WWDC Could Give Undervalued Apple a Boost

NEW YORK ( TheStreet) -- The mystery of Apple's ( AAPL) undervaluation continues.

Here you have a stock selling at 10.5 times its earnings, yielding 2.78% in dividends. It had a solid 10% growth in sales, year over year, in the last quarter, and a balance sheet that's cleaner than a well-run hospital, in a market where the average price-to-earnings ratio for electronic equipment makers is 12.8, and for consumer goods companies 20.58, according to Yahoo! Finance.

Investors are paying more for earnings of Whirlpool ( WHR), which has no growth, a lower yield, and lacks the cash to pay off its long-term debt. Apple, by contrast, is a cash-flow machine, with $30 billion in positive cash flow each quarter.

Would you rather have Apple or Whirlpool? Investors say Whirlpool. It doesn't pay to argue.

You could have argued that Apple didn't care what its stock price was, under Steve Jobs. But Tim Cook has been raising the dividend and buying back stock in great heaping handfuls.

There are two answers to the mystery. One is that Apple's growth rate is slowing, as the industries it created mature. This should mean declining margins over time, and declining profits. The other is that Apple hasn't made anyone say "wow" in several years, and thus investors wonder if it's still innovative enough to keep growing.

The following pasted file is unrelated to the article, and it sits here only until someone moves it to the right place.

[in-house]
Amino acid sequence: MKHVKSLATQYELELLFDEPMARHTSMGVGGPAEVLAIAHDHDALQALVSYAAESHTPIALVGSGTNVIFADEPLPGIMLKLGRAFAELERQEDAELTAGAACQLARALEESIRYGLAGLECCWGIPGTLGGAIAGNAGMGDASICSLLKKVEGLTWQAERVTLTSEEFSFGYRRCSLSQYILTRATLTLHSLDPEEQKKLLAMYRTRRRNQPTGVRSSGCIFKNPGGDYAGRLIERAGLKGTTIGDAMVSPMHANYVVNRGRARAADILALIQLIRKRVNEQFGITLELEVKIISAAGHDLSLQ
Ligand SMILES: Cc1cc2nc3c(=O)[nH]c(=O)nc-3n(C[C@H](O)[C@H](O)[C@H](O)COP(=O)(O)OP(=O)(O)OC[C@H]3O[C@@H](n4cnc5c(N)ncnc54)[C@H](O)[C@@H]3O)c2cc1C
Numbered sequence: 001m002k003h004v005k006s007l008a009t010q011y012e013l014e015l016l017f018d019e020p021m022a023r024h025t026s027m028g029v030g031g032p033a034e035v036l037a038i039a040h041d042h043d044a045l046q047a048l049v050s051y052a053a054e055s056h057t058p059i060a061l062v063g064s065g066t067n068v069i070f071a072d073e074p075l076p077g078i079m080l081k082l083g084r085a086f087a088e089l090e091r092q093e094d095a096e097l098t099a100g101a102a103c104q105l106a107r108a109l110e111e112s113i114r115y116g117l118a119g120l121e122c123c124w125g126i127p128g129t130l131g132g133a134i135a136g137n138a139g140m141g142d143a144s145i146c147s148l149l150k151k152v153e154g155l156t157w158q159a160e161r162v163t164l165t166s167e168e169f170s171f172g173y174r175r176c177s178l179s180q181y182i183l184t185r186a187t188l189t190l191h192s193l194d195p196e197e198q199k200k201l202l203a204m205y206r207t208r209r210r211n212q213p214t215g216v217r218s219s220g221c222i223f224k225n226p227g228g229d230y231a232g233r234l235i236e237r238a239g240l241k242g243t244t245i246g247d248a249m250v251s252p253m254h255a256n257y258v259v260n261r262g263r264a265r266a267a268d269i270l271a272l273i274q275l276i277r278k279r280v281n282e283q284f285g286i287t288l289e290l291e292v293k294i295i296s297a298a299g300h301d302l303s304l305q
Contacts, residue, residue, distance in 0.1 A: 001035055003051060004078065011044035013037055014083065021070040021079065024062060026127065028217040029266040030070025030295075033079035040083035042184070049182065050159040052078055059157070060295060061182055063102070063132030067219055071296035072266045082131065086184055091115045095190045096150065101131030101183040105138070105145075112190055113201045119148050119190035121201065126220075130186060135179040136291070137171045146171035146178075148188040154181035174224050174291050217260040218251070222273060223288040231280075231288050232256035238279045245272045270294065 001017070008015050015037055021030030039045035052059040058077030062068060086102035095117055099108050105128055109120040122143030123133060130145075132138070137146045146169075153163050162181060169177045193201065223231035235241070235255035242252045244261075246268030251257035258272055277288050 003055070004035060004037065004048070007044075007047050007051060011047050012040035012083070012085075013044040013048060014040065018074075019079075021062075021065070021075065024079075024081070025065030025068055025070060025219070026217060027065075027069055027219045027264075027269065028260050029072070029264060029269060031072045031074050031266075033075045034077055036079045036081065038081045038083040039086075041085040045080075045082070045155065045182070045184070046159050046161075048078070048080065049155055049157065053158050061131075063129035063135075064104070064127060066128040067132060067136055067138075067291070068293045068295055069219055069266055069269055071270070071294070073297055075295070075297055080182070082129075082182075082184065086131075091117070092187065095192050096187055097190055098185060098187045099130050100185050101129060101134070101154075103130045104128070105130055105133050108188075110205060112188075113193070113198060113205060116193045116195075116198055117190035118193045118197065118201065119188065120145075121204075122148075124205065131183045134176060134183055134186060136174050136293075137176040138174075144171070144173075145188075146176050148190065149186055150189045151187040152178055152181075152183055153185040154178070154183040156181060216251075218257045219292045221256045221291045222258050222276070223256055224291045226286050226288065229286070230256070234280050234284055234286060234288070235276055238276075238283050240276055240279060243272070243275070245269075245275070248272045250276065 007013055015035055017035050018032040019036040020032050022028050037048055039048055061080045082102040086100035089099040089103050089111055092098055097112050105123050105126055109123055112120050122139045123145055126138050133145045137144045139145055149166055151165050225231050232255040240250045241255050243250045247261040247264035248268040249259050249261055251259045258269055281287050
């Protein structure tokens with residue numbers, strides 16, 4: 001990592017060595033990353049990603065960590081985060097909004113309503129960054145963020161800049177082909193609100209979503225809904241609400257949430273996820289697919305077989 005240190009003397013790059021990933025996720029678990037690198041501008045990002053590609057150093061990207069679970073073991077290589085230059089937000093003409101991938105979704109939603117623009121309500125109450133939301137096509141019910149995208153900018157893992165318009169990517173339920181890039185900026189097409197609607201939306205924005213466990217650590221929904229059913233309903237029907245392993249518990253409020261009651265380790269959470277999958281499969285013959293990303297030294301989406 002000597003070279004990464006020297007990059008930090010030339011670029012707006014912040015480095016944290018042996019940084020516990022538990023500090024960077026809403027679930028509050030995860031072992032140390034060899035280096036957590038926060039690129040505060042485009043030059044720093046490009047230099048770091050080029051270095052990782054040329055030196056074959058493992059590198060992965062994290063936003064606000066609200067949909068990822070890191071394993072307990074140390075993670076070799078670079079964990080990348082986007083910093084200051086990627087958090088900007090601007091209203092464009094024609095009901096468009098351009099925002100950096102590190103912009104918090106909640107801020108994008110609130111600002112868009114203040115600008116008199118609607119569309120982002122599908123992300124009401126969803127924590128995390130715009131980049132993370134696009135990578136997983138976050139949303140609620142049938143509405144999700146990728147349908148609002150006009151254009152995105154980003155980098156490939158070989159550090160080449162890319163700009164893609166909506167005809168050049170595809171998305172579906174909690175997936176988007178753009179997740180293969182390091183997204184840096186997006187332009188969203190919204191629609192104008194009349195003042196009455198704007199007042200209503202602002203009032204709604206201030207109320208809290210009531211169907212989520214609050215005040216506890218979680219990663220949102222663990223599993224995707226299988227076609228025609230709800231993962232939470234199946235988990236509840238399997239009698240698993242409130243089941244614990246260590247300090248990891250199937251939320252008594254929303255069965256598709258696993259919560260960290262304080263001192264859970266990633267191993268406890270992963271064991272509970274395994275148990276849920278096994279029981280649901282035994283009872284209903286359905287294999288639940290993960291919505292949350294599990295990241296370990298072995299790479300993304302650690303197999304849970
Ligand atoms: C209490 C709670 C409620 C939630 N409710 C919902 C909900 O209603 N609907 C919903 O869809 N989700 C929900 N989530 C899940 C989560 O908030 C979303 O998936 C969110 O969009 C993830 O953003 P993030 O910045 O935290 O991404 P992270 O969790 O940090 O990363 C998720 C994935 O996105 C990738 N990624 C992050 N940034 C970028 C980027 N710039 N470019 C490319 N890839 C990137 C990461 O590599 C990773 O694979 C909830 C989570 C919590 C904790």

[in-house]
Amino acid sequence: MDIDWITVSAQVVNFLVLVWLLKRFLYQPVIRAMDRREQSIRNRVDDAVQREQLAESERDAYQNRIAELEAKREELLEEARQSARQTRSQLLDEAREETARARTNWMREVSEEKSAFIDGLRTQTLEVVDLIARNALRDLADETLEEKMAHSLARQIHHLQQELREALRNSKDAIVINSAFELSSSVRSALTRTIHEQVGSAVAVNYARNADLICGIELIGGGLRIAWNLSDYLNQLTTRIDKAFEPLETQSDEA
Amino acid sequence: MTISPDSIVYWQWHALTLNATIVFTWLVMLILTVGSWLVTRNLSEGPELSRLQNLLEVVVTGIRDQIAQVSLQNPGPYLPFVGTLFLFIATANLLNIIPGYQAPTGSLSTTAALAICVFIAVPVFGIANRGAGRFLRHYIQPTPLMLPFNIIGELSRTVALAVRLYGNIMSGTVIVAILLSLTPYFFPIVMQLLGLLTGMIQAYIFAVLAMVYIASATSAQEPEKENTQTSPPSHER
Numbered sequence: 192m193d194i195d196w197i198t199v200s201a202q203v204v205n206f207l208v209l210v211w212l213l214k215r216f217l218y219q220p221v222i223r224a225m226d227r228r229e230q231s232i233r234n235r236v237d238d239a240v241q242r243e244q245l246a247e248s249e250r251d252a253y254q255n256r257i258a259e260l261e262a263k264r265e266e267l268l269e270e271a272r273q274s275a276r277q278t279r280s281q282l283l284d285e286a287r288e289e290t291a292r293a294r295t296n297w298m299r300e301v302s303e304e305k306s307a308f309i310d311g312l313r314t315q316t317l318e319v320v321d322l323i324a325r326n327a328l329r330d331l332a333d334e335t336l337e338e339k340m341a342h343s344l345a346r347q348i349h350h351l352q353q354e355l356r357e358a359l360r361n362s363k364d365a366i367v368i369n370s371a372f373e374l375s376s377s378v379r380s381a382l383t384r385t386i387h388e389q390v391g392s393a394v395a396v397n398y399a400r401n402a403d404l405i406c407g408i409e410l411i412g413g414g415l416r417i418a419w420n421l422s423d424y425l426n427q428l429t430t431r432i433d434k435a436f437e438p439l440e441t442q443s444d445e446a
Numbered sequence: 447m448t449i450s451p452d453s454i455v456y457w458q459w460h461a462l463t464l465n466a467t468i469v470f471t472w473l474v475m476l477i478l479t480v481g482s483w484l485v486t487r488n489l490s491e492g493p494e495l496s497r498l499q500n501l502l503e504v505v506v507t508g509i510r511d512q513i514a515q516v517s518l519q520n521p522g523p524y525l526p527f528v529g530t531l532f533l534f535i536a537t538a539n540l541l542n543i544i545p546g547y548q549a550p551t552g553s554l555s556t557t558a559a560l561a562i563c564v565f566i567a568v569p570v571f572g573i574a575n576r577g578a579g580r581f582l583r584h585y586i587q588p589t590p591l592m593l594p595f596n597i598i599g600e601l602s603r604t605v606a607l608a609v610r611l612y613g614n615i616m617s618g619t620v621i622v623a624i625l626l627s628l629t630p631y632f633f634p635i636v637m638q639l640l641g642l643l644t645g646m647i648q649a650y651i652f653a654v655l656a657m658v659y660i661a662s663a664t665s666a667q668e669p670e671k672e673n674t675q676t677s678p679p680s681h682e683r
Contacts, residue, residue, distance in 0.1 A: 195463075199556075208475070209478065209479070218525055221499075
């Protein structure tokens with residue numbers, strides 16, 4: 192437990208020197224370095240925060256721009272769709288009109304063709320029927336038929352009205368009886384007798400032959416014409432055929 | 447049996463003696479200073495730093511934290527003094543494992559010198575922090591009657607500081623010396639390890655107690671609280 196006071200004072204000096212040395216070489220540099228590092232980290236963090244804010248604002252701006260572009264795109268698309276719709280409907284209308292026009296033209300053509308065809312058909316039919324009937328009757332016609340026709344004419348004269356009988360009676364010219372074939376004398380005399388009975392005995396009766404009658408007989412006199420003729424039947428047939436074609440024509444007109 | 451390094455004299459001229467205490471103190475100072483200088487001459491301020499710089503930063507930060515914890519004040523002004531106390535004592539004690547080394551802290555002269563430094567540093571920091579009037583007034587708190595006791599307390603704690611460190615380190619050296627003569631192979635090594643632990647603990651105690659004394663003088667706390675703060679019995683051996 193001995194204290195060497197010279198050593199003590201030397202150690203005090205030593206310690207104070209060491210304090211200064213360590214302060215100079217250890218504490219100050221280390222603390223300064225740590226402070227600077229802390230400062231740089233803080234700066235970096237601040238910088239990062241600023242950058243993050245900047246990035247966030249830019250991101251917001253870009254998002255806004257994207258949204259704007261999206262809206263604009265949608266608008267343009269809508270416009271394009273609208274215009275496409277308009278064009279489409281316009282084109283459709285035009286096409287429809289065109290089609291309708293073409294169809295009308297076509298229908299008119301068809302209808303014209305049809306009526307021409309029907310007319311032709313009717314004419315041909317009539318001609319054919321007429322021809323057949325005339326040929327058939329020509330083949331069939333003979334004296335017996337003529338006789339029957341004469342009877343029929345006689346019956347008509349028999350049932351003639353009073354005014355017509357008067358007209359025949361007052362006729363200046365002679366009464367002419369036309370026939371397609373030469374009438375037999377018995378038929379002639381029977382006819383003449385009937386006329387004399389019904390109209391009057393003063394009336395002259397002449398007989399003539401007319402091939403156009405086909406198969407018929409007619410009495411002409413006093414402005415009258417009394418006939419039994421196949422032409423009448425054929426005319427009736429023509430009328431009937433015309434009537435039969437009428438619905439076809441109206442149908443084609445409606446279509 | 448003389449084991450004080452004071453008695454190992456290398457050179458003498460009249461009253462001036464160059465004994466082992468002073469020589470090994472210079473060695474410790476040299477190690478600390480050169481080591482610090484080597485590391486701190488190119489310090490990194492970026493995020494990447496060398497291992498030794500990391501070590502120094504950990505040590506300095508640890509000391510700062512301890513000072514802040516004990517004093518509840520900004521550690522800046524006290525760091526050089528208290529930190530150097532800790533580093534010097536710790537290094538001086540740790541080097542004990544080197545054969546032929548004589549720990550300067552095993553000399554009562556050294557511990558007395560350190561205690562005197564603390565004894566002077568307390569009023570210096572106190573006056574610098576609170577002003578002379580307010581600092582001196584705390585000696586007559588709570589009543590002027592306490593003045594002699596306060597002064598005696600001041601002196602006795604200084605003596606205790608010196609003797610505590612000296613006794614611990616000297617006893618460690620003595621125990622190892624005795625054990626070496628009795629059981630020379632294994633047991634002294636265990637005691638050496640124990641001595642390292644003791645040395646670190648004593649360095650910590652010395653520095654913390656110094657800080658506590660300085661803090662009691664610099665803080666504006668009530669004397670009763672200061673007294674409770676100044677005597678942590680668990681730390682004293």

CEO Tim Cook gets his chance to address the latter concern today at the company's Worldwide Developer Conference in San Francisco. Since this is the developers' meeting, not a press conference, expectations need to be dialed-down. He's unlikely to say "one more thing," then trot out an iWatch or Apple iTV. That's for later in the summer.

Instead, Cook's expected to announce changes to the company's two main software platforms -- the OS X operating system of the Macintosh line, and the iOS software used by its devices. He will probably also trot out new Macs, since those are the machines developers use.

It's iOS that is most important. The "device revolution" transformed computing from something you paid $1,000 for, and did at a desk, into something you paid less than $500 for, and walked around with. Since then, the interface game has been going every which way, from gestures made in the air to spoken interfaces, and Apple may be the only company capable of delivering clarity to this.

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